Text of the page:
If I were to play boths games one after the other, I would not be surprised to find NSMB 2 to be the better designed game. For me, however, that doesn't change the fact that NSMB 2 feels like a lazier effort. Ultimately, that's why I can say something like the following statement without it being contradictory. NSMB 2 is a better game than the original, but the original was more worthwhile and more deserving of appreciation.

Quote from: Pixelated

Disregard my first comment. I guess I am going to write a wall of text after all. Please indulge me.

This forum was built on walls of text P2! Fire away!

Quote from: Pixelated

Ultimately, that's why I can say something like the following statement without it being contradictory. NSMB 2 is a better game than the original, but the original was more worthwhile and more worthy of appreciation.

I haven't played this game yet, and in fact never may. (I appear to be skipping the handheld NSMB games in favor of the console versions) However, I feel like I'd end up trying to thread the needle to end up with a conclusion somewhat akin to yours.

famicomplicatedJames Charlton, Associate Editor (Japan)August 28, 2012

For those wondering this was the article I mentioned in Famicast 15 during our "let's dump on NSMB2" segment  :P:

So apparently there's a cap on the max coin rush score that you can obtain. Really? Way to break the mode even more.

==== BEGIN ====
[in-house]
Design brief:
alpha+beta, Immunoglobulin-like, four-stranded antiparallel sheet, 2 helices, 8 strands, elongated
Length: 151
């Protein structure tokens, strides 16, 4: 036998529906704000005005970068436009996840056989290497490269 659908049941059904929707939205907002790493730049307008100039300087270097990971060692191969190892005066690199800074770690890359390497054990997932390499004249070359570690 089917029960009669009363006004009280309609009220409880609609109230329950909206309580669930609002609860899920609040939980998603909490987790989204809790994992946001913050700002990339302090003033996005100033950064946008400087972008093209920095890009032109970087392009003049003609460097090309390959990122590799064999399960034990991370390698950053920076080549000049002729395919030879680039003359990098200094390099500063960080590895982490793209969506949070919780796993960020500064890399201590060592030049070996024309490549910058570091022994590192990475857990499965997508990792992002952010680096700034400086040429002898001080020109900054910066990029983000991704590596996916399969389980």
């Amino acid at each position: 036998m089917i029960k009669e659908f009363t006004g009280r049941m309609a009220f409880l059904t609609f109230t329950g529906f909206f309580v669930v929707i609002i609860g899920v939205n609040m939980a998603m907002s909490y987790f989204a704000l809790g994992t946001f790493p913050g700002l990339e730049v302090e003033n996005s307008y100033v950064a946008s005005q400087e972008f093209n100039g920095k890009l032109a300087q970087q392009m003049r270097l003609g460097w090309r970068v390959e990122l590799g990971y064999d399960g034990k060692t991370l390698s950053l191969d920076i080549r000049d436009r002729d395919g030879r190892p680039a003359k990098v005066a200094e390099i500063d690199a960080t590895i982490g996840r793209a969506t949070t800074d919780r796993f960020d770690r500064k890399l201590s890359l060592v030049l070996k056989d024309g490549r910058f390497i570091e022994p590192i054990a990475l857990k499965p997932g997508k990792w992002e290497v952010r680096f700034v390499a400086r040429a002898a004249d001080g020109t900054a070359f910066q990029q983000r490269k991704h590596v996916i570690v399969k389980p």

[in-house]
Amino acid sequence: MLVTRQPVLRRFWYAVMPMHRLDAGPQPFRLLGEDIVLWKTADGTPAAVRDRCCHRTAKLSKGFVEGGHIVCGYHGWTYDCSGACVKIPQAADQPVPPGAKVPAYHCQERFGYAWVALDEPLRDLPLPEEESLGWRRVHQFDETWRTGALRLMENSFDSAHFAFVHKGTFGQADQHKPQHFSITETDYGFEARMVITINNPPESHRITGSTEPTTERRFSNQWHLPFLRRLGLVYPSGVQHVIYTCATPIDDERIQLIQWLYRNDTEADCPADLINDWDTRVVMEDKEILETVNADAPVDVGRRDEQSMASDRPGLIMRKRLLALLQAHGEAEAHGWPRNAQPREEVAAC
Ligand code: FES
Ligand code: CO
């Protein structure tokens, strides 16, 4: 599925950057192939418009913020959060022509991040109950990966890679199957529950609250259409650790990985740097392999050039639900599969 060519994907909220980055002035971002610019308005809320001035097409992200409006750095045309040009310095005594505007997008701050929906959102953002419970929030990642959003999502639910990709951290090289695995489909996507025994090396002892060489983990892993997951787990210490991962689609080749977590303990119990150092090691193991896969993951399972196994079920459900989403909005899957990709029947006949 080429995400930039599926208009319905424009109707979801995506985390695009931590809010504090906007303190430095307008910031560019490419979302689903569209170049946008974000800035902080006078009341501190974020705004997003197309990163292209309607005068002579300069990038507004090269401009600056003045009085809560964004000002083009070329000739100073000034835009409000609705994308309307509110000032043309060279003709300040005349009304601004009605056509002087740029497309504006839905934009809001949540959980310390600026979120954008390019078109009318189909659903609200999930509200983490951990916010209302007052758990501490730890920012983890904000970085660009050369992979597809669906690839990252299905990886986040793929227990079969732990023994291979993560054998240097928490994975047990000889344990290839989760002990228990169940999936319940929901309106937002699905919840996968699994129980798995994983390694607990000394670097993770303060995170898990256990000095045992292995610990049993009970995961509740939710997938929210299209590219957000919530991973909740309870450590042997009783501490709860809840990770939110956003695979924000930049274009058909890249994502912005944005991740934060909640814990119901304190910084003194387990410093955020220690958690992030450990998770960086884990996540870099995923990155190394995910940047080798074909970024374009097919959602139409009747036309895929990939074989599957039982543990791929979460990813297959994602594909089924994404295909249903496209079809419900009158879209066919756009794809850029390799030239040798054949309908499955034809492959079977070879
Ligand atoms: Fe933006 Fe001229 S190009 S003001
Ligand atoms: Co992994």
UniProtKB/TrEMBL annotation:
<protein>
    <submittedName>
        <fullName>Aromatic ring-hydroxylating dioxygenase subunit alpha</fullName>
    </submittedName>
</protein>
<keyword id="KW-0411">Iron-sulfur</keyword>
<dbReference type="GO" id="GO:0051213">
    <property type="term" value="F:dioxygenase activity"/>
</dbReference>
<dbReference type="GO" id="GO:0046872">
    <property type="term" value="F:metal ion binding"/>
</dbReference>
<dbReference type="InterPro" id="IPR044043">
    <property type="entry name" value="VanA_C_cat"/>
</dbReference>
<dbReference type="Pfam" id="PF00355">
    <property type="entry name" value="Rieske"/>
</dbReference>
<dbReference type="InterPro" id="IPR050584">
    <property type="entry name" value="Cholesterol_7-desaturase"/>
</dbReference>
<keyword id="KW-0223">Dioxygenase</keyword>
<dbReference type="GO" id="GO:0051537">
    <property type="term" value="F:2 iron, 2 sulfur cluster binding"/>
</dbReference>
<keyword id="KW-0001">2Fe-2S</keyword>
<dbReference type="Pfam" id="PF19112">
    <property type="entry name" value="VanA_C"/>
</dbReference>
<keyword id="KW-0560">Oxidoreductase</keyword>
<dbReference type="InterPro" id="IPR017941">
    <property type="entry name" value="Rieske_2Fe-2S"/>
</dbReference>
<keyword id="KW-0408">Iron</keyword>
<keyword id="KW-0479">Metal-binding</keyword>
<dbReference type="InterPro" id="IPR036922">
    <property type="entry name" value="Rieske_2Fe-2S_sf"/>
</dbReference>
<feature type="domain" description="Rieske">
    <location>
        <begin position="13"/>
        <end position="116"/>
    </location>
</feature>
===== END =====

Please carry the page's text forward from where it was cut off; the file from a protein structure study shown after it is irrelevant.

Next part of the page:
TJ SpykeAugust 29, 2012

The cap sounds pretty large though (I don't have the game yet): 30,000 coins.

It's not that large if lots of people have hit it already. It fundamentally breaks the mode for good players.

famicomplicatedJames Charlton, Associate Editor (Japan)August 29, 2012

Quote from: MegaByte

It's not that large if lots of people have hit it already. It fundamentally breaks the mode for good players.

This statement is spot on, because even if you do find ways to spam certain parts of the levels (which is the only way to get 30,000 by the way) the timer is still ticking and if you make a mistake/die, miss the top of the flagpole or get harder stages near the end it can mess it up - spamming accurately takes skill.

So even without the limit, you might only be able to get 45,000 coins, so it's really Nintendo just admitting they didn't have enough time to playtest the game fully and just stuck the limit on arbitrarily just to "make sure folks don't get to the million too fast, too easily if they find some easy cheats that we haven't found out about"

Got a news tip? Send it in!